Wrinkled, scarred or disguised, walls are witnesses to the passage of time. The age of their cement tells the glory and frailty of this town. These walls were from a building I’ve been visiting since I was small. The building will perish soon to make way for redevelopment in Hong Kong. I try to decipher the mysteries of these walls, and the stories they tell. While staring at the marks on the walls, a vision of a cemetery emerged, but instead of tombstones, I saw new towers and highrise estates made with “cement”. Perhaps these were tombstones afterall.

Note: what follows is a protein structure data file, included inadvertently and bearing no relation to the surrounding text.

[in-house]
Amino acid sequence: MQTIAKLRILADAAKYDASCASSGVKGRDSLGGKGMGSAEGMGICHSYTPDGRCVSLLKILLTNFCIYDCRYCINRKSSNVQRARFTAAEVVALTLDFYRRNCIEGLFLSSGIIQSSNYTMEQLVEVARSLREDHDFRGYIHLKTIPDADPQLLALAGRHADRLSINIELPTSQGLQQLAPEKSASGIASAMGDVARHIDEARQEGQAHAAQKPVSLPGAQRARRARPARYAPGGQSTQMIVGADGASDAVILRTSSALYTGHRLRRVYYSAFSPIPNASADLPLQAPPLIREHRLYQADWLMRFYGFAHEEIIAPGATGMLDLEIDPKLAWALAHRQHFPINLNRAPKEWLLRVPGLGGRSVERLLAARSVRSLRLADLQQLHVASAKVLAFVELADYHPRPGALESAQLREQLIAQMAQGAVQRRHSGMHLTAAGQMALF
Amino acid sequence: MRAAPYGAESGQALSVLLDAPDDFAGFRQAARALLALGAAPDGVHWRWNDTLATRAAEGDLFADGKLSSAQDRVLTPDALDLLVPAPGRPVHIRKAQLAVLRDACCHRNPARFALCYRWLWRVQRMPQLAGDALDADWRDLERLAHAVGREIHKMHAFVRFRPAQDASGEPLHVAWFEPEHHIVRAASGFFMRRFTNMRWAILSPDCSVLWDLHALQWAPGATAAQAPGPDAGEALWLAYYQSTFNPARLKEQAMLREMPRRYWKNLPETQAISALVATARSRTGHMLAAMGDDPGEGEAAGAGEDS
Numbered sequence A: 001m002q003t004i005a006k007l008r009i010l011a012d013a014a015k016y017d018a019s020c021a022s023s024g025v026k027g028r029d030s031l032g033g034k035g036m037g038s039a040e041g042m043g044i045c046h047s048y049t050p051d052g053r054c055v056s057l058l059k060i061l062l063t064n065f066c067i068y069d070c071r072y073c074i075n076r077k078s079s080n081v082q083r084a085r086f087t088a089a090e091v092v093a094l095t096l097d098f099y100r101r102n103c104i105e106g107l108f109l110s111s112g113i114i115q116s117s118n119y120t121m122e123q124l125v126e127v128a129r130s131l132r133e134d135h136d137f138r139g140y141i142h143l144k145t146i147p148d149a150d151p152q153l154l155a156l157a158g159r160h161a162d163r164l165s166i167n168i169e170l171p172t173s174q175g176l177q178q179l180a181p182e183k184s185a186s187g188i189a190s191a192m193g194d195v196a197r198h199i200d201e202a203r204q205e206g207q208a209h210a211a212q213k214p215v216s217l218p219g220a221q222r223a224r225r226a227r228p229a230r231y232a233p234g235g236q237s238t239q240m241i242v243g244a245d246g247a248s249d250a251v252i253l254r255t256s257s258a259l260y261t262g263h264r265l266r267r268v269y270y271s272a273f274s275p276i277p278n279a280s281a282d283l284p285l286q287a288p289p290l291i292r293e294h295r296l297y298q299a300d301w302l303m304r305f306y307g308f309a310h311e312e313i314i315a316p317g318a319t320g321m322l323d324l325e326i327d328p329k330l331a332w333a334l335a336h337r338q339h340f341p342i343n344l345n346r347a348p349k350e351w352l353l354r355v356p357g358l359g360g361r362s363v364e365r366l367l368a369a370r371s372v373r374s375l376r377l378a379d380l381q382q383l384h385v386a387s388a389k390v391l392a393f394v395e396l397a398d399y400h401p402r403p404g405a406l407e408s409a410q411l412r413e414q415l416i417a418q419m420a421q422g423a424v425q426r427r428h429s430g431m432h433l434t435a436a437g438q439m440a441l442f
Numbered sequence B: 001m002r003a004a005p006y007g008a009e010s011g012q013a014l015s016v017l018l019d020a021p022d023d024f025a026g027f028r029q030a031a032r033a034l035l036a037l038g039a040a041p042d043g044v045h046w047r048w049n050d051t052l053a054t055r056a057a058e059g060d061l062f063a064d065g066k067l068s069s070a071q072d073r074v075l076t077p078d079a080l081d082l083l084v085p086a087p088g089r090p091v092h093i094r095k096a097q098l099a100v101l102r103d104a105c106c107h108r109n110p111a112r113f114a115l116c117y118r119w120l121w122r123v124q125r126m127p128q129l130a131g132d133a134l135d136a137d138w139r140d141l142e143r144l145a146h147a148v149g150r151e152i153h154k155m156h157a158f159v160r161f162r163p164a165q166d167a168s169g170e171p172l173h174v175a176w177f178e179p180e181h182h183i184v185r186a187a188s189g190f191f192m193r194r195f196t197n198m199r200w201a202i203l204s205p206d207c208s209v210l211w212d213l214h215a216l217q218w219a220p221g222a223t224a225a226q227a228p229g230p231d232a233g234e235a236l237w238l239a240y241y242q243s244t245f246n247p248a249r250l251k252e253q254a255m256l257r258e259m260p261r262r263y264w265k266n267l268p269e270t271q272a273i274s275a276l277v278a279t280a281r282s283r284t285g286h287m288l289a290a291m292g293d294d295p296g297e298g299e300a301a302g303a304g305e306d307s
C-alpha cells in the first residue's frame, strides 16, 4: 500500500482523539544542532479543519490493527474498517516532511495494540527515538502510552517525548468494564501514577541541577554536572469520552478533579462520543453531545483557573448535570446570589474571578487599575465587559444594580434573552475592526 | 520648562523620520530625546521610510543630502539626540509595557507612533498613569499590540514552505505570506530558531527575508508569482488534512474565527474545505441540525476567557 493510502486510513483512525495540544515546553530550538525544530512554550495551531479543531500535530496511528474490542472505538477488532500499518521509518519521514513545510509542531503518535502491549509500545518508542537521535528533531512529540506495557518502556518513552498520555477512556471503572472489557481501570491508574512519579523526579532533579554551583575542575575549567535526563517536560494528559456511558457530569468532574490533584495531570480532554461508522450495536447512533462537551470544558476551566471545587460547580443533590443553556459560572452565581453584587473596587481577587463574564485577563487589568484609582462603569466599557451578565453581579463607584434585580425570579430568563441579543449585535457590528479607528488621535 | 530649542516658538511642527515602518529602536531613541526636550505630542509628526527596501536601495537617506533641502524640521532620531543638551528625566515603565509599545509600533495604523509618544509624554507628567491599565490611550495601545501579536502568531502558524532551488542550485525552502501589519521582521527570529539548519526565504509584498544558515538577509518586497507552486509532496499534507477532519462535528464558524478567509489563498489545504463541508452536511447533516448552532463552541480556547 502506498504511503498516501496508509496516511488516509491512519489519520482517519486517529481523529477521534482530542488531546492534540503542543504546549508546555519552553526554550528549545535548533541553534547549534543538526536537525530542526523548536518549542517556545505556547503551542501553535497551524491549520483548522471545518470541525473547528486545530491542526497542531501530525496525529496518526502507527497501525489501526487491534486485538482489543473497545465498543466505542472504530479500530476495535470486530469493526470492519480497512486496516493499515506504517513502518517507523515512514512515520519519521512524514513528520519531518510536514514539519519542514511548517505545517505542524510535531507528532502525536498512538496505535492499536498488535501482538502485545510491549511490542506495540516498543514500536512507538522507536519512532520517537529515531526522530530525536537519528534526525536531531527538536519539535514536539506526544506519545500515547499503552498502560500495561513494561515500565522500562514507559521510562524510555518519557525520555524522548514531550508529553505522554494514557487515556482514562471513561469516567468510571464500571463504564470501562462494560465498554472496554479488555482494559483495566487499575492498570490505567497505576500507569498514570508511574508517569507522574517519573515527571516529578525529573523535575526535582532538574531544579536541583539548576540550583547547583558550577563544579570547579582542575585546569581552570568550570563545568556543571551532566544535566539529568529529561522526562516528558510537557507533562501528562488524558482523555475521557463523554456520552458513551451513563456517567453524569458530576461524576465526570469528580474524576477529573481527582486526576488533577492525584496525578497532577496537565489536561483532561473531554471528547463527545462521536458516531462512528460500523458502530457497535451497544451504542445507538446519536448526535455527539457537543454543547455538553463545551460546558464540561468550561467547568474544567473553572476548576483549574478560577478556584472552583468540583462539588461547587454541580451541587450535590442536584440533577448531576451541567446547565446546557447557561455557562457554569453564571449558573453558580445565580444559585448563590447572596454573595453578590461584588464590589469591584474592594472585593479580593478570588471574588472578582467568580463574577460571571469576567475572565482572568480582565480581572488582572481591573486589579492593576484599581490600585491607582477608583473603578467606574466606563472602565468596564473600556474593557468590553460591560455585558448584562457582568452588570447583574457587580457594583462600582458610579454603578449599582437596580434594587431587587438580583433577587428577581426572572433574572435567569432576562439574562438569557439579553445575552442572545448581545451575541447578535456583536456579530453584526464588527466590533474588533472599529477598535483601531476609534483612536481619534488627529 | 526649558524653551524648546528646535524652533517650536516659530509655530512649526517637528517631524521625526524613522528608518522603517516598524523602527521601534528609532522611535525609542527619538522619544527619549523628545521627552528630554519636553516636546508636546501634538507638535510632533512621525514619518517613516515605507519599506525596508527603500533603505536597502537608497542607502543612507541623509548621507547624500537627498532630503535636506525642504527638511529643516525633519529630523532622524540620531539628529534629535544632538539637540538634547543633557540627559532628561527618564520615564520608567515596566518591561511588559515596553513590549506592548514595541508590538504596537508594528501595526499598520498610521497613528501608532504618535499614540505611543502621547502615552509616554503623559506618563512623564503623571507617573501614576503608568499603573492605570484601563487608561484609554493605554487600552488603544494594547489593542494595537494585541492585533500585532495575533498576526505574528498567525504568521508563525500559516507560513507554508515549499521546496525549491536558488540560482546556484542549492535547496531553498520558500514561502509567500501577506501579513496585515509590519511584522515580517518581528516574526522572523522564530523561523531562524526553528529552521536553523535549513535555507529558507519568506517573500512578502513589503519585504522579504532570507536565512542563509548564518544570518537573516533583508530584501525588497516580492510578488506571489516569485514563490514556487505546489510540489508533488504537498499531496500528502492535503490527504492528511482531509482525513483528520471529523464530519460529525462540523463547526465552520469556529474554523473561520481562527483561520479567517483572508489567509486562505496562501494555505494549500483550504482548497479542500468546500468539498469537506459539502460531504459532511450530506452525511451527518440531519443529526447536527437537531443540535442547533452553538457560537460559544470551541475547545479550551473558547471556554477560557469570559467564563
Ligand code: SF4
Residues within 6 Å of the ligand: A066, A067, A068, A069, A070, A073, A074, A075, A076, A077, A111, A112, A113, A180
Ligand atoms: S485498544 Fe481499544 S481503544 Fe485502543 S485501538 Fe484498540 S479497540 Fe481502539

Both a successful commercial and fine-art photographer, Chan Dick 陳的 is best known for the award-winning series Chai Wan Fire Station. The series came to fruition by chance when the photographer stumbled across the vantage point from a window in his workshop bathroom. Shot from an aerial perspective, the photographs record the daily occurrences within the Chai Wan fire station courtyard, from the firefighters’ physical training to volleyball games and guided student tours to equipment maintenance. The resulting images are minimalistic compositions that appear to be formations of toy figurines upon a geometric green square. Chan specialises in the photography of still life, interiors and architecture. Recent projects have explored socio-political issues within Hong Kong, most notably the 2014 series No Compromise, which documented student activists. The series won him third place in the International Photography Awards (IPA) Competition in the professional editorial/political category. Chan is also the recipient of the Hong Kong Photo Book Awards for the Chai Wan Fire Station series as well as winner of the 2015 Photography Award (IPA) Competition in the fine art category for the Dismayland series. His photographs have been selected by Invisible Photographer Asia and showcased at the 2015 Angkor Photo Festival. He has been a member of the Hong Kong Institute of Professional Photographers (HKIPP) since 2002.